A grandchild probably isn’t the first person you envision when the topic of family caregivers is raised. Most of us think of a spouse or an adult child as the adult most likely to care for a family elder. The reality is that one-in-twelve grandchildren in this country have assumed the role of caregiver.
In research conducted in 2015 by the National Alliance and AARP, 5.3 million grandchildren over the age of 18 were caregivers for a grandparent. This number accounted for 10% of the entire family caregiver population. While most grandchildren are happy to help care for a grandparent, they often face different types of challenges than an older caregiver.
If you know a grandchild who is caring for a grandparent, they might find these caregiving tips to be useful.
Caregiving Tips for Grandchildren
1. Develop positive stress-management skills:
There’s no avoiding the fact that caregiving is stressful. Witnessing the decline of a beloved grandparent’s health can be emotional. Caregiving grandchildren may also be attending high school or college, and be struggling to manage it all.
Young adults may not have enough life experience to have developed healthy coping skills. That’s why it is important for them to take time each day to engage in stress-reducing activities, such as walking, meditating, journaling, or practicing yoga. These activities can help avoid unhealthy ways of managing stress, such as overeating, smoking, or consuming alcohol.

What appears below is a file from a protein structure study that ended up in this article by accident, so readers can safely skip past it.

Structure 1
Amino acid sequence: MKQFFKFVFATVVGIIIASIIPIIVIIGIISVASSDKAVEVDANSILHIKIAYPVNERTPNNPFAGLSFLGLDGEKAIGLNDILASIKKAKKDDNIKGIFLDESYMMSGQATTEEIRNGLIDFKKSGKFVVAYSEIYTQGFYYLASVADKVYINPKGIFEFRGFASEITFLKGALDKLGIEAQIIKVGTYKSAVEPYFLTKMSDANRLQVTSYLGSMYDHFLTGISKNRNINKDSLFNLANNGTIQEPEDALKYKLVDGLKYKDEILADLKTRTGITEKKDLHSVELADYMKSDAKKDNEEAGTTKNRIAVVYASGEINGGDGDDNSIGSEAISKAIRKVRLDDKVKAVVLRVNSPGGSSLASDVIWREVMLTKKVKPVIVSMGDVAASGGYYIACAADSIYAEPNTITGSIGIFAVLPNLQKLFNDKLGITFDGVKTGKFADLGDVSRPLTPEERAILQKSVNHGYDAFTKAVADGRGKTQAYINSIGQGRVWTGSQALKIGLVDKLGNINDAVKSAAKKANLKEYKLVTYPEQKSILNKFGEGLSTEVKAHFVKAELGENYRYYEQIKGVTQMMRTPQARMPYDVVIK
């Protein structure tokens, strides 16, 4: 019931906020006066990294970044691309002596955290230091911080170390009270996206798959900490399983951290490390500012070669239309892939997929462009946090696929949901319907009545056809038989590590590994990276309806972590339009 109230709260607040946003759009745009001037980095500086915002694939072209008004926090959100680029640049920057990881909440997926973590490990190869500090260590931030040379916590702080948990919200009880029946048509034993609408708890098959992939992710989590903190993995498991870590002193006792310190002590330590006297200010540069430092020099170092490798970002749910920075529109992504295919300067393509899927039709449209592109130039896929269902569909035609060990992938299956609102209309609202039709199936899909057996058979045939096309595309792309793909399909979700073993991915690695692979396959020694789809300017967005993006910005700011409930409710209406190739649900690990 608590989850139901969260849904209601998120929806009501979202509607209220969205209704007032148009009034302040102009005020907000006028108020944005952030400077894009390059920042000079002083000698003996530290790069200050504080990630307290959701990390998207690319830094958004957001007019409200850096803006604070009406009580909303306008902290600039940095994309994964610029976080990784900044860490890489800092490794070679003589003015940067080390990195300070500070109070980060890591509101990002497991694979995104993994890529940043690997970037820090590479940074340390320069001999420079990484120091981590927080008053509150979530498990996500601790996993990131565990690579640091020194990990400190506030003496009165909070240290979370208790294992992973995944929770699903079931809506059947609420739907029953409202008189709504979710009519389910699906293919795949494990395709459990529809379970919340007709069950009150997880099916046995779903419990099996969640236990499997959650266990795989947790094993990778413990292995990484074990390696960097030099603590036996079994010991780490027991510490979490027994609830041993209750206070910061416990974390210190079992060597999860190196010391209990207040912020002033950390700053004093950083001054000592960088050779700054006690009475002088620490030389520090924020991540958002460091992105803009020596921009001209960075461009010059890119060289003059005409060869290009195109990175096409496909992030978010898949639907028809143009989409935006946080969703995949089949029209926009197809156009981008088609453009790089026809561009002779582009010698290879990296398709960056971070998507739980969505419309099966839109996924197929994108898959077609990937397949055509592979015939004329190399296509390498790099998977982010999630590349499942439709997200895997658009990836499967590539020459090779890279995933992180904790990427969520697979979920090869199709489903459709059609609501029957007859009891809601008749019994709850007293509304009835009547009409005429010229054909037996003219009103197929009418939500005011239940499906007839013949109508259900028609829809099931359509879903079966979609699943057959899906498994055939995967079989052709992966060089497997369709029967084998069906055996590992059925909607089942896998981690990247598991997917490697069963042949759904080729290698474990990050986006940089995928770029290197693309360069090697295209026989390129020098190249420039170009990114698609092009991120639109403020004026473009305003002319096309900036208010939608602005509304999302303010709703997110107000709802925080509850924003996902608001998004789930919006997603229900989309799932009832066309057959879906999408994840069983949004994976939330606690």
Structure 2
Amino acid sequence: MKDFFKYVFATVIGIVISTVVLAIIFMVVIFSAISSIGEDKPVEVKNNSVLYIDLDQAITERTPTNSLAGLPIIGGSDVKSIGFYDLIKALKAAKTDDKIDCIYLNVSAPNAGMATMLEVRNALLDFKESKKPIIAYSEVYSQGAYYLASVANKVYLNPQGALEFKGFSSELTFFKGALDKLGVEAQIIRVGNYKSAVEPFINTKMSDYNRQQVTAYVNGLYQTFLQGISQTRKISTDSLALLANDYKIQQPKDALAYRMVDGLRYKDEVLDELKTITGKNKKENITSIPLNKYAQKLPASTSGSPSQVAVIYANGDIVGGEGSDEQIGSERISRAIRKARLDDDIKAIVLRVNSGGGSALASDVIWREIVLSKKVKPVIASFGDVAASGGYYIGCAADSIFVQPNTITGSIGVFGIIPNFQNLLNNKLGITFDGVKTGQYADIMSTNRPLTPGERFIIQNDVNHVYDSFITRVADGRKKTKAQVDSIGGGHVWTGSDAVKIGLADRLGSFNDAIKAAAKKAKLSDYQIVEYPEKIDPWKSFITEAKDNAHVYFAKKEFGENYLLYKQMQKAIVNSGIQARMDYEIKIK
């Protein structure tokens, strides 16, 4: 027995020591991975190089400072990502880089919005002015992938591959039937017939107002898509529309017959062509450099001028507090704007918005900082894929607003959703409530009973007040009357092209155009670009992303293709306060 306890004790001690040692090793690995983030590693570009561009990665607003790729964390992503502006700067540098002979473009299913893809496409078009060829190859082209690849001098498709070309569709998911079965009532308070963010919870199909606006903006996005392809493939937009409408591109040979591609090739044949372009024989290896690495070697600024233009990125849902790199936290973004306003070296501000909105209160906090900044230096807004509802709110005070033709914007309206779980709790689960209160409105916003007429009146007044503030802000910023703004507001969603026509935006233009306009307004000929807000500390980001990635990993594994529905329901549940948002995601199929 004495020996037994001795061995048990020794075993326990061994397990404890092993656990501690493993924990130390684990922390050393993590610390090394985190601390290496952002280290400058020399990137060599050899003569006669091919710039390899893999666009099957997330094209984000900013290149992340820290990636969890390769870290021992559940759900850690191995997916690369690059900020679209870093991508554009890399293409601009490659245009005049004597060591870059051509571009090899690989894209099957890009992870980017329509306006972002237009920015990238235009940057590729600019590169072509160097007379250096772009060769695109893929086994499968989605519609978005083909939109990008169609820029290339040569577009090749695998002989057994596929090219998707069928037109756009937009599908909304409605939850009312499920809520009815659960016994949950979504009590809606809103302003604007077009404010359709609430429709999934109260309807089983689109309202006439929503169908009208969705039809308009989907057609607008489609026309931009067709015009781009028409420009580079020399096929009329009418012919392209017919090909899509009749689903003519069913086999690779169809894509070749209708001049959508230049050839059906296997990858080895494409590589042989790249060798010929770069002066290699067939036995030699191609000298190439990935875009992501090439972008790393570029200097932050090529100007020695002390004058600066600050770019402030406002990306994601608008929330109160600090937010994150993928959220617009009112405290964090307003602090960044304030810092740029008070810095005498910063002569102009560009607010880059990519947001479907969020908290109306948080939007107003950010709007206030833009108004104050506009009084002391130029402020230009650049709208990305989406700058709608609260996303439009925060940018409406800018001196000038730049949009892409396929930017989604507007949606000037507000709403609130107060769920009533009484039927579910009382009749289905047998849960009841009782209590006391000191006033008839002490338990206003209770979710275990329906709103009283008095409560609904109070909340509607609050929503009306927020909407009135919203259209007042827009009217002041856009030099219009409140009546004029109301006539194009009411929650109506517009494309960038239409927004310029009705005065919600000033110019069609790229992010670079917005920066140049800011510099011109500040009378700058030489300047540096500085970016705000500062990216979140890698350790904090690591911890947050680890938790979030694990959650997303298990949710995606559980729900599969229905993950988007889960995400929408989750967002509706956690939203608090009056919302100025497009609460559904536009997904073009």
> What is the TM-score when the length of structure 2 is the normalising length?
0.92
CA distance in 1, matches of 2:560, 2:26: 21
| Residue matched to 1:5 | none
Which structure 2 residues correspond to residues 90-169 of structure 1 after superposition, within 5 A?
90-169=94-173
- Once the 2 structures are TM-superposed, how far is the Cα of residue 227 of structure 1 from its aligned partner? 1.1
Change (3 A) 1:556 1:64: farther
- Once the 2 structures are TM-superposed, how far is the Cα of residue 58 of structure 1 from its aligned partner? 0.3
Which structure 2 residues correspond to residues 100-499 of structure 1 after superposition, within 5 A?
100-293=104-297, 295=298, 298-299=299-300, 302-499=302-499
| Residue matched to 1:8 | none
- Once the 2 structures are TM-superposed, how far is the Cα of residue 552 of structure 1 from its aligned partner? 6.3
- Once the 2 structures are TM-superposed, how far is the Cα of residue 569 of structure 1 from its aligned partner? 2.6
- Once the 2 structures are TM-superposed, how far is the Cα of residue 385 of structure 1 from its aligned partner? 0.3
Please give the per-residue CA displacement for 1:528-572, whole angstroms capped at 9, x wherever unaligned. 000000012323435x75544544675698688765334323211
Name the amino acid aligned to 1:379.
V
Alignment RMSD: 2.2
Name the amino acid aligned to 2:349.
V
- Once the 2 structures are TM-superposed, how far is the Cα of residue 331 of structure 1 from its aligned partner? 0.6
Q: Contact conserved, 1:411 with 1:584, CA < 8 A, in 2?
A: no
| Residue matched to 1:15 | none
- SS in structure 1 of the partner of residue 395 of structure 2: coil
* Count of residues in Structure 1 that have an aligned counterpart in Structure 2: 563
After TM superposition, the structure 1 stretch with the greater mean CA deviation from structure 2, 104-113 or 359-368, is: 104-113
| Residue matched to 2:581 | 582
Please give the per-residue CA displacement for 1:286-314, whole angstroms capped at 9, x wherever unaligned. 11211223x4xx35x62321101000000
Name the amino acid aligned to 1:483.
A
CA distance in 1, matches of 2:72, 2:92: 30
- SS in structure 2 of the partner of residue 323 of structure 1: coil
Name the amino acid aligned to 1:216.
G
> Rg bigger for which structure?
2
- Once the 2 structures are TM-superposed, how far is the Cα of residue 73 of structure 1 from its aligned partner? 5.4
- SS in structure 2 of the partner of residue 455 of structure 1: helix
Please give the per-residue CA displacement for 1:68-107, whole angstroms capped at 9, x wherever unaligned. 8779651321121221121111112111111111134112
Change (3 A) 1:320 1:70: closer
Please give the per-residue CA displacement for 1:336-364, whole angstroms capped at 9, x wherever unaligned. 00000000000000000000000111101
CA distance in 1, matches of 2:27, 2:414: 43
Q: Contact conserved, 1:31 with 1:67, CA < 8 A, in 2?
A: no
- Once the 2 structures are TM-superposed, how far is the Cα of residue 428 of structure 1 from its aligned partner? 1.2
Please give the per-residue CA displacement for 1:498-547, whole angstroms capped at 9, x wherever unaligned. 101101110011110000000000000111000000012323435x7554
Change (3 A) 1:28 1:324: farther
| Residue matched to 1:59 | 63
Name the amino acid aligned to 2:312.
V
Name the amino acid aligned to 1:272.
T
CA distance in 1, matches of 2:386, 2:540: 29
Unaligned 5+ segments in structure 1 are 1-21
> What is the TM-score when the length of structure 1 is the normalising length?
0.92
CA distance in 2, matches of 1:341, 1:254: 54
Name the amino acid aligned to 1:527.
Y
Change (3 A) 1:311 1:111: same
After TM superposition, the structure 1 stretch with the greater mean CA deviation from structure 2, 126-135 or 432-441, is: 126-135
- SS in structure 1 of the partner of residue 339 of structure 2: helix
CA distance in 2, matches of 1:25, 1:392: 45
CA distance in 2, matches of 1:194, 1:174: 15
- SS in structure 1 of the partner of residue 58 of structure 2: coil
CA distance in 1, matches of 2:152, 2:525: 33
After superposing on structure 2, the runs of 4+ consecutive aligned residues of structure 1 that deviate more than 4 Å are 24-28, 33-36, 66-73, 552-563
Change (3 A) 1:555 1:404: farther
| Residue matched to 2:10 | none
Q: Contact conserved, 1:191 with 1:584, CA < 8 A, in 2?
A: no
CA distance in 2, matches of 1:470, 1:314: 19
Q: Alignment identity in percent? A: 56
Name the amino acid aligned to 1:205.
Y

2. Don’t give up enjoying life:
While caring for a grandparent is a noble deed and a rewarding experience, grandchildren should not put their lives on hold for this role. It’s important that they ask for help so they are able to keep up with schoolwork, friends, and favorite hobbies. Taking time away from caregiving can make these responsibilities more manageable.
3. Take advantage of respite care services:
No one can take on the role of caregiver all alone. If there aren’t other family members who can pitch in, caregiving grandchildren might want to consider respite care. These short-term services allow an older adult to stay at a senior living community for a few days or weeks. This can give the primary caregiver a break. If the senior’s budget is limited, some communities have financial resources to assist with any costs. Call your local agency on aging to learn more about low-income respite care options.
4. Connect with fellow caregivers:
There’s no better person to turn to for advice and support than a fellow caregiver. Fortunately, there are a variety of online support groups that make connecting easier. The Family Caregiver Alliance is a helpful site to explore and ALZ Connected is another.
If you are a grandchild feeling overwhelmed with the role of caregiver, it may be time to begin the search for an assisted living or memory care community for your grandparent. One of our experienced senior care advisors can help you every step of the way.
Call us today at 800-304-8061 to talk with a local senior care advisor. Their advice and support is always free!
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